United States District Court, N.D. Illinois, Eastern Division
MEMORANDUM OPINION AND ORDER
Jeffrey Cummings United States Magistrate Judge
to this Court's order (Dckt. #17), pro se
plaintiff Trina B. (“Claimant”) timely filed an
opening brief in support of her request to reverse the final
decision of the Commissioner of Social Security that denied
her claim for Disability Insurance Benefits
(“DIBs”) under 42 U.S.C. §§416(i) and
423(d) of the Social Security Act. The Commissioner
subsequently filed a motion for summary judgment asserting
that the final decision should be upheld because Claimant
does not assert proper grounds for seeking remand under 42
U.S.C. §405(g). For the reasons stated below, the
Commissioner's motion for summary judgment [Dckt. #24] is
worked in the fast food industry from January 1989 until
January 2013. (R. 170.) In January 2014, Claimant filed her
initial claim for disability based on the following
conditions: arthritis in back; arthritis in pelvis; kidney
disease; high blood pressure; and blood disease. (R. 74,
152-53.) In her Function Report, Claimant explained that she
could not stand or sit for extended periods of time without
back and leg pain. (R. 190.) During her September 19, 2016
hearing, Claimant testified that she has pain in her back and
swelling in her legs that causes her to lose balance. (R.
40.) Claimant further testified that she is unable to walk,
sit, or stand for a long period of time. (Id.)
October 31, 2016, Administrative Law Judge
(“ALJ”) Edward Studzinski issued a twelve-page
decision in which he found that Claimant was not disabled and
denied her application for DIBs. (R. 12-32.) Claimant
requested review by the Appeals Council, which was denied on
October 23, 2017, making the ALJ's decision the final
decision of the Commissioner. (R. 1-6); Zurawski v.
Halter, 245 F.3d 881, 883 (7th Cir. 2001). Claimant
subsequently filed a complaint in the District Court seeking
to reverse the Commissioner's decision.
opening brief, Claimant set forth a narrative describing her
physical symptoms and attached five pages of her medical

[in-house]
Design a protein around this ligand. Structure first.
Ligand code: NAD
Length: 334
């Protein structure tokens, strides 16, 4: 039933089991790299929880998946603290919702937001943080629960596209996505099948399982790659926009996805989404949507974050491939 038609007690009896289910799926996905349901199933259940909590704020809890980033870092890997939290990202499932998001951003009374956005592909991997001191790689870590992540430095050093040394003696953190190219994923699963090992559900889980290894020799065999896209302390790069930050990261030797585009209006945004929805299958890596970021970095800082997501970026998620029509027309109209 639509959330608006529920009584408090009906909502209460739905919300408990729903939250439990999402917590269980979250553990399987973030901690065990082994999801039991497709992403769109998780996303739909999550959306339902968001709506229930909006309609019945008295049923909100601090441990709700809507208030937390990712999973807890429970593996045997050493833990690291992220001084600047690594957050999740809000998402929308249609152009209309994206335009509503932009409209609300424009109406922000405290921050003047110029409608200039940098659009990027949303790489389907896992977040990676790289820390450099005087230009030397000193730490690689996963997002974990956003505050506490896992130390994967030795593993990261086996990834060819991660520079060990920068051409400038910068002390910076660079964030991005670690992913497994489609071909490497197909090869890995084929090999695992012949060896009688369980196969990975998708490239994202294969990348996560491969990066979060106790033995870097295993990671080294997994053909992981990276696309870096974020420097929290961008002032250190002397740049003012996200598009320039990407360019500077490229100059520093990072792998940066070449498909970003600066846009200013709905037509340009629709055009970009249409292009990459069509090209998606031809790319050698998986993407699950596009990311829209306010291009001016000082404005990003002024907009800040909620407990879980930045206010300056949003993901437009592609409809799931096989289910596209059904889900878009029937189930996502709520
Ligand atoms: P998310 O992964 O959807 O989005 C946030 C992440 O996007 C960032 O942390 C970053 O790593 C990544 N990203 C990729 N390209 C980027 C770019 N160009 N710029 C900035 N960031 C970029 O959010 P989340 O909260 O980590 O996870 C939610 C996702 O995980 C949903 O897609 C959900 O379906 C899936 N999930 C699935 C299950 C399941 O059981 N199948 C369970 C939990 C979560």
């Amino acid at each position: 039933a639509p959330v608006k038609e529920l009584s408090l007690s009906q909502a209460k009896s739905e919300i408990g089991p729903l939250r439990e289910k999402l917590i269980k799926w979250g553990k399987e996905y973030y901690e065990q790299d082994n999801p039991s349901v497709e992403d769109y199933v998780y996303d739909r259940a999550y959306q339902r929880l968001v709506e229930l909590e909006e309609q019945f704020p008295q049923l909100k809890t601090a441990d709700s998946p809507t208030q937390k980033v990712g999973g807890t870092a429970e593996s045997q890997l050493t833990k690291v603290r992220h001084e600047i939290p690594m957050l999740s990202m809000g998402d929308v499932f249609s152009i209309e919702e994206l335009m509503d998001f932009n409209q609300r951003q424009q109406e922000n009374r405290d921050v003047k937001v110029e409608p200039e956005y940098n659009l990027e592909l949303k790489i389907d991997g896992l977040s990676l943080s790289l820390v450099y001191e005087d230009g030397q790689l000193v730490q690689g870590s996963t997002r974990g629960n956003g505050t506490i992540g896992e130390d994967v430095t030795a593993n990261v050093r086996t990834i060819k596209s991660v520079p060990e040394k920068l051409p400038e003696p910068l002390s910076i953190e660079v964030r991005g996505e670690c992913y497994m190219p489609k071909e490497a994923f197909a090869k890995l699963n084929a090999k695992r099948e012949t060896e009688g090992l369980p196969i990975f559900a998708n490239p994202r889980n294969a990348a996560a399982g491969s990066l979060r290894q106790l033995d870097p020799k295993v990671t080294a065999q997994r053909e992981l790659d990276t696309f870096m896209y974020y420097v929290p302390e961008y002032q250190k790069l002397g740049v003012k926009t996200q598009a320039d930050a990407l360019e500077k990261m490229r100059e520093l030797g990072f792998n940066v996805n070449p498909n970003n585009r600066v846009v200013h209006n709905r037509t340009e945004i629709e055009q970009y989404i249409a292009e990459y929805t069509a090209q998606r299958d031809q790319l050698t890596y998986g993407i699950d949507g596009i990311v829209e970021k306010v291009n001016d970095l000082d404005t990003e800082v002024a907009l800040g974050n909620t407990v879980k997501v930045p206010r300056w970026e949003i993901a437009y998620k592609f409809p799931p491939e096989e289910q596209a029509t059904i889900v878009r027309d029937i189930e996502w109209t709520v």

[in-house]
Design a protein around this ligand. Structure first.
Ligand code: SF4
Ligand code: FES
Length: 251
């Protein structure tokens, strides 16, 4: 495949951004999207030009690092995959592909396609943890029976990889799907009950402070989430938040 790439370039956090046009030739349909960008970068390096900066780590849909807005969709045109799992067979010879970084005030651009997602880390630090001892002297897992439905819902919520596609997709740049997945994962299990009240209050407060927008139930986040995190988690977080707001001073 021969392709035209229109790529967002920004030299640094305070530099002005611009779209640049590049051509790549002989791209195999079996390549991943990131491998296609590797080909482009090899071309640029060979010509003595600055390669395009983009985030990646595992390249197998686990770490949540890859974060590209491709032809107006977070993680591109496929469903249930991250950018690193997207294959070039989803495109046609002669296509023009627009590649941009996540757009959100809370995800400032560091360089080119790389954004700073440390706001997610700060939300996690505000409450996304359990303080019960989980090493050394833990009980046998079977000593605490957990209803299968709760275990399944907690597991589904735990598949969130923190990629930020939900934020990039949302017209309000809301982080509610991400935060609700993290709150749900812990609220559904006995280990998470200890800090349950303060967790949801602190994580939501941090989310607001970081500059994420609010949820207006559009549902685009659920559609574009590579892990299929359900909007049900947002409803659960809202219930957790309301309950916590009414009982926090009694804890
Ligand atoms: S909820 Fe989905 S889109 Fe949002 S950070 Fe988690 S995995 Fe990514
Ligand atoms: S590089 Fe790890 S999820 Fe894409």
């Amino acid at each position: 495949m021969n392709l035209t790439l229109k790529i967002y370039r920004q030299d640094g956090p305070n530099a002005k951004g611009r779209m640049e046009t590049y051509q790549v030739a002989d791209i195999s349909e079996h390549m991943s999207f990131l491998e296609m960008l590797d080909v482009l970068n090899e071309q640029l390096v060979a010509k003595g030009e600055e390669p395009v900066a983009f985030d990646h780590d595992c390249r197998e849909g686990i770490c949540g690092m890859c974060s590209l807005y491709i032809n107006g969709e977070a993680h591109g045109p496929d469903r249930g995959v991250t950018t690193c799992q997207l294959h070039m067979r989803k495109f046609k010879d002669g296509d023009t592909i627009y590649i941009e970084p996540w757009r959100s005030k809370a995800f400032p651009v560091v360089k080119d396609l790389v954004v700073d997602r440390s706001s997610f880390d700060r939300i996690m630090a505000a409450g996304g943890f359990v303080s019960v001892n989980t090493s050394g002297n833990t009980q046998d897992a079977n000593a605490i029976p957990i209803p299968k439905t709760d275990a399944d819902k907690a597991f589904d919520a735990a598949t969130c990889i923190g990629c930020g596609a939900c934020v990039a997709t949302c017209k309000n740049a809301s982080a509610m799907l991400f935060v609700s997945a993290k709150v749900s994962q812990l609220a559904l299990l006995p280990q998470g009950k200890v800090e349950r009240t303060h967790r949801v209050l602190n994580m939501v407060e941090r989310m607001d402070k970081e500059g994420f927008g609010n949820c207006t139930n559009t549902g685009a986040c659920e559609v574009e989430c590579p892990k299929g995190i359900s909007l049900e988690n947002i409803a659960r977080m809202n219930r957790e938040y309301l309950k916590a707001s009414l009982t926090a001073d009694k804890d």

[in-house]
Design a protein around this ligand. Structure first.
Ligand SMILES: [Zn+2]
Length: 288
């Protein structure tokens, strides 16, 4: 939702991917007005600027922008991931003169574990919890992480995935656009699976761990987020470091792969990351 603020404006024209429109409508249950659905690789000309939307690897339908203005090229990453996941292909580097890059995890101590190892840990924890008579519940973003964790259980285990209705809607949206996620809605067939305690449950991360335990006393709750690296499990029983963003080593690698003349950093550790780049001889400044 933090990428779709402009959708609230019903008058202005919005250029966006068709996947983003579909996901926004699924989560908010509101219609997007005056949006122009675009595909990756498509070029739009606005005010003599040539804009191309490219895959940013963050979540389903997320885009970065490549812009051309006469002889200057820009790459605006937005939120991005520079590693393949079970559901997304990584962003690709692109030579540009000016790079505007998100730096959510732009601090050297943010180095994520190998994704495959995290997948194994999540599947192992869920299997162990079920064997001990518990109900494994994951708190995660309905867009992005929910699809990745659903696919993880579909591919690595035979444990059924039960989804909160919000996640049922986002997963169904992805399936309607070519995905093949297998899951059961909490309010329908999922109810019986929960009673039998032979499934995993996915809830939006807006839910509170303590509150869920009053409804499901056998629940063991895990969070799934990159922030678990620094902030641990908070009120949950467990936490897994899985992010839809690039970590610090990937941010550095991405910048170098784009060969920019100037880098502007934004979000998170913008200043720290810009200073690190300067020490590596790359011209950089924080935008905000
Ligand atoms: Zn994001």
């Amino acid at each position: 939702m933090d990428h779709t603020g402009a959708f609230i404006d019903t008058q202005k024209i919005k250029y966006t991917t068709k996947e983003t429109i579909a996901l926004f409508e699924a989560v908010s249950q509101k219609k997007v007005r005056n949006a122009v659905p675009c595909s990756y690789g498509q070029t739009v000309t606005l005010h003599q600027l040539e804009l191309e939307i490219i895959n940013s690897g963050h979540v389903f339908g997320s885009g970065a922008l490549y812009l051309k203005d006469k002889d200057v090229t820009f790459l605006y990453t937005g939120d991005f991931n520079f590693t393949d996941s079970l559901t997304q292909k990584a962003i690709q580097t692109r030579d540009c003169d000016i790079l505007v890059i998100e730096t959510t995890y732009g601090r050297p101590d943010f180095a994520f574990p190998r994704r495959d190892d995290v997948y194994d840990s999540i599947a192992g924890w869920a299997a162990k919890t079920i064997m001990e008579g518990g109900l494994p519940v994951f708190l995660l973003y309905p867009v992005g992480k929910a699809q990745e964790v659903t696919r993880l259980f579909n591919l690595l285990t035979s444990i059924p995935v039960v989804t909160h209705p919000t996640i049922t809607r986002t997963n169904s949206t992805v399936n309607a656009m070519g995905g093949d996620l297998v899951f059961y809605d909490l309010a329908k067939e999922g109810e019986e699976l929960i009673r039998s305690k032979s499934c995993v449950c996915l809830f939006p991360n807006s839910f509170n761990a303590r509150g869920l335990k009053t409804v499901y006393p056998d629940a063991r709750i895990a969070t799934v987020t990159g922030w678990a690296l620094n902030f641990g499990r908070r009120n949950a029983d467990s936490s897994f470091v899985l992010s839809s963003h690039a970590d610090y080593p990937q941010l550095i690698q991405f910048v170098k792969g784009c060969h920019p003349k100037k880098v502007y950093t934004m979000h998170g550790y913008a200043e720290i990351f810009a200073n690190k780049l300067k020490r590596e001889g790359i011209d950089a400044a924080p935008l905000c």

records that post-date her September 19, 2016 hearing before
the ALJ in support of her argument that she is entitled to
DIBs. Dckt. #18. In his memorandum in support of his motion
for summary judgment, the Commissioner asserts that Claimant
has failed to set forth proper grounds for seeking remand
under 42 U.S.C. §405(g) and criticizes Claimant for
submitting a brief that does not comply with Federal Rule of
Appellate Procedure 28. Dckt. #25. In her reply, Complainant
argues that her prior attorney did not submit all of the
medical evidence to support her claim to the ALJ and she
attached additional pages of medical records which she claims
should be taken into consideration despite the fact that
almost all of these records - - which were created in 2017
and 2018 - - post-date the ALJ's 2016 decision. Dckt.
Claimant has failed to establish that this case should be
remanded for consideration of the medical records that she
has attached to her submissions
Although Claimant's pro se submissions are
“liberally construed, ” Kabele v.
Colvin, No. 12-CV-776-WMC, 2015 WL 1430343, at *4
(W.D.Wis. Mar. 27, 2015) (citing Erickson v. Pardus,
551 U.S. 89, 94 (2007)), this principle does not relieve
Claimant of her obligation to identify and support
appropriate grounds to reverse the adverse decision by the
Commissioner regarding her application for DIBs. See,
e.g., Parkell v. Danberg, 833 F.3d 313, 324 n.6 (3d Cir.
2016) (“unrepresented litigants are not relieved from
the rules of procedure and the requirements of substantive
law.”). In this case, Claimant does not identify any
error by the ALJ nor does she argue that there was a lack of
substantial evidence to support the ALJ's decision.
Instead, Claimant describes the physical symptoms that she is
currently experiencing and pins the blame for denial of her
benefits on her former attorney. Dckt. #18, at 1-3; Dckt.
#26, at 2. In particular, Claimant asserts that “I was
denied social security benefits due to my lawyer at the time
who didn't submit all my medical evidence to support my
claim.” Dckt. #26, at 2. Claimant asks this Court to